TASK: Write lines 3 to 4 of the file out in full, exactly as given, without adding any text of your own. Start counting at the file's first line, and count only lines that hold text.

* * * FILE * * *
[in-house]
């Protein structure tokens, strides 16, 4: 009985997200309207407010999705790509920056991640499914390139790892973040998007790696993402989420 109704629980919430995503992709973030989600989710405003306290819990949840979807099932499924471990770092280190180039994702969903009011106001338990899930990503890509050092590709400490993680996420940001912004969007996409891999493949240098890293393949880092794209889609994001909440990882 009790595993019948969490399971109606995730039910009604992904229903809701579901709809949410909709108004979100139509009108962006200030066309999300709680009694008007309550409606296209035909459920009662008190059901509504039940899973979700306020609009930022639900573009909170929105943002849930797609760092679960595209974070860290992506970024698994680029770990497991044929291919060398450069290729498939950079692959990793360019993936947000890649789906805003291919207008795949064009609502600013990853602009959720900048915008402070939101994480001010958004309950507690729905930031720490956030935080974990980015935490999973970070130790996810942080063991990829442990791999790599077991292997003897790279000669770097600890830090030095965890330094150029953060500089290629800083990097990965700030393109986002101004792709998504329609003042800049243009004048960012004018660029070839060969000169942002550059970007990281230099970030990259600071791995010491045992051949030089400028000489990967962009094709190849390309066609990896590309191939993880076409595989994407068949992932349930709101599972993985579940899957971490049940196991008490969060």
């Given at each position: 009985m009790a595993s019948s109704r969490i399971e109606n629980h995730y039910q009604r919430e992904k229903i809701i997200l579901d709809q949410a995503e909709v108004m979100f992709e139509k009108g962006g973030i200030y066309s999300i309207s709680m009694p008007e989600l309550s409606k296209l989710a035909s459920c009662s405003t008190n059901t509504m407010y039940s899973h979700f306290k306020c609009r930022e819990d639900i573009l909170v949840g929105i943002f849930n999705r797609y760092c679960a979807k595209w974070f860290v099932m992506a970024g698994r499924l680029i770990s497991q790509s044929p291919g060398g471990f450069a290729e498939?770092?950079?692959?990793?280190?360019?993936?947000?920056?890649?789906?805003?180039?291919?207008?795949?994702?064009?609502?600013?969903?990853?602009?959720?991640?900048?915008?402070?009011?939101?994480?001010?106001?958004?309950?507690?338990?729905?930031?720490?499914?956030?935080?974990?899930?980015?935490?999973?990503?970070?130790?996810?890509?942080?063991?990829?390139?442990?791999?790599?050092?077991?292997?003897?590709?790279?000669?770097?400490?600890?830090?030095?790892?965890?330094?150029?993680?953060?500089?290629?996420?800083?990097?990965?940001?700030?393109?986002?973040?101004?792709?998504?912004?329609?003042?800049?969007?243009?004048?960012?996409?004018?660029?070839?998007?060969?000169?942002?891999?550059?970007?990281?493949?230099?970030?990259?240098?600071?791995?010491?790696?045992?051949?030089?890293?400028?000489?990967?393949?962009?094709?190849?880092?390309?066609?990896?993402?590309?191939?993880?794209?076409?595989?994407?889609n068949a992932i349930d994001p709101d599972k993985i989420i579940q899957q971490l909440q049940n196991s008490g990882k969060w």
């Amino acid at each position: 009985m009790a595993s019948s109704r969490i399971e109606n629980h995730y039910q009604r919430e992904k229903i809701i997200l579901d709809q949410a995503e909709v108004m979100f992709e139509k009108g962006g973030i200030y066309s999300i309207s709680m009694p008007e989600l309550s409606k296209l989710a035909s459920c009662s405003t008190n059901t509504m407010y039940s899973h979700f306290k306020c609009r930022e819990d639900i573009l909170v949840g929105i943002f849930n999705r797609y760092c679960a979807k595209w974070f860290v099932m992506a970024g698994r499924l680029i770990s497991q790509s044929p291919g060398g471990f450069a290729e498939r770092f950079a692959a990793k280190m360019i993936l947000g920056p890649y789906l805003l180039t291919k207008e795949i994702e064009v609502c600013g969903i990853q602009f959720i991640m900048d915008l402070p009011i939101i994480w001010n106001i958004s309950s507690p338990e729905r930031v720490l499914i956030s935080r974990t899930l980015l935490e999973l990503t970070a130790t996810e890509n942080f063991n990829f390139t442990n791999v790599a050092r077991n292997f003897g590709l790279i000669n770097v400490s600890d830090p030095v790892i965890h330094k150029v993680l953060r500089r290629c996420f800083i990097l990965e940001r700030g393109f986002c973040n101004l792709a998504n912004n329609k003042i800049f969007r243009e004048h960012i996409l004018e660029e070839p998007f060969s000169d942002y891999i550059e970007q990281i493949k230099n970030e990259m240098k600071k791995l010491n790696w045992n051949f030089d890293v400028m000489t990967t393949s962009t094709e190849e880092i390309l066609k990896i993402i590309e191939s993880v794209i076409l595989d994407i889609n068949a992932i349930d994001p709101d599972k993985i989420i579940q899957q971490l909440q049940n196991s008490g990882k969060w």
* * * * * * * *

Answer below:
């Given at each position: 009985m009790a595993s019948s109704r969490i399971e109606n629980h995730y039910q009604r919430e992904k229903i809701i997200l579901d709809q949410a995503e909709v108004m979100f992709e139509k009108g962006g973030i200030y066309s999300i309207s709680m009694p008007e989600l309550s409606k296209l989710a035909s459920c009662s405003t008190n059901t509504m407010y039940s899973h979700f306290k306020c609009r930022e819990d639900i573009l909170v949840g929105i943002f849930n999705r797609y760092c679960a979807k595209w974070f860290v099932m992506a970024g698994r499924l680029i770990s497991q790509s044929p291919g060398g471990f450069a290729e498939?770092?950079?692959?990793?280190?360019?993936?947000?920056?890649?789906?805003?180039?291919?207008?795949?994702?064009?609502?600013?969903?990853?602009?959720?991640?900048?915008?402070?009011?939101?994480?001010?106001?958004?309950?507690?338990?729905?930031?720490?499914?956030?935080?974990?899930?980015?935490?999973?990503?970070?130790?996810?890509?942080?063991?990829?390139?442990?791999?790599?050092?077991?292997?003897?590709?790279?000669?770097?400490?600890?830090?030095?790892?965890?330094?150029?993680?953060?500089?290629?996420?800083?990097?990965?940001?700030?393109?986002?973040?101004?792709?998504?912004?329609?003042?800049?969007?243009?004048?960012?996409?004018?660029?070839?998007?060969?000169?942002?891999?550059?970007?990281?493949?230099?970030?990259?240098?600071?791995?010491?790696?045992?051949?030089?890293?400028?000489?990967?393949?962009?094709?190849?880092?390309?066609?990896?993402?590309?191939?993880?794209?076409?595989?994407?889609n068949a992932i349930d994001p709101d599972k993985i989420i579940q899957q971490l909440q049940n196991s008490g990882k969060w």
């Amino acid at each position: 009985m009790a595993s019948s109704r969490i399971e109606n629980h995730y039910q009604r919430e992904k229903i809701i997200l579901d709809q949410a995503e909709v108004m979100f992709e139509k009108g962006g973030i200030y066309s999300i309207s709680m009694p008007e989600l309550s409606k296209l989710a035909s459920c009662s405003t008190n059901t509504m407010y039940s899973h979700f306290k306020c609009r930022e819990d639900i573009l909170v949840g929105i943002f849930n999705r797609y760092c679960a979807k595209w974070f860290v099932m992506a970024g698994r499924l680029i770990s497991q790509s044929p291919g060398g471990f450069a290729e498939r770092f950079a692959a990793k280190m360019i993936l947000g920056p890649y789906l805003l180039t291919k207008e795949i994702e064009v609502c600013g969903i990853q602009f959720i991640m900048d915008l402070p009011i939101i994480w001010n106001i958004s309950s507690p338990e729905r930031v720490l499914i956030s935080r974990t899930l980015l935490e999973l990503t970070a130790t996810e890509n942080f063991n990829f390139t442990n791999v790599a050092r077991n292997f003897g590709l790279i000669n770097v400490s600890d830090p030095v790892i965890h330094k150029v993680l953060r500089r290629c996420f800083i990097l990965e940001r700030g393109f986002c973040n101004l792709a998504n912004n329609k003042i800049f969007r243009e004048h960012i996409l004018e660029e070839p998007f060969s000169d942002y891999i550059e970007q990281i493949k230099n970030e990259m240098k600071k791995l010491n790696w045992n051949f030089d890293v400028m000489t990967t393949s962009t094709e190849e880092i390309l066609k990896i993402i590309e191939s993880v794209i076409l595989d994407i889609n068949a992932i349930d994001p709101d599972k993985i989420i579940q899957q971490l909440q049940n196991s008490g990882k969060w």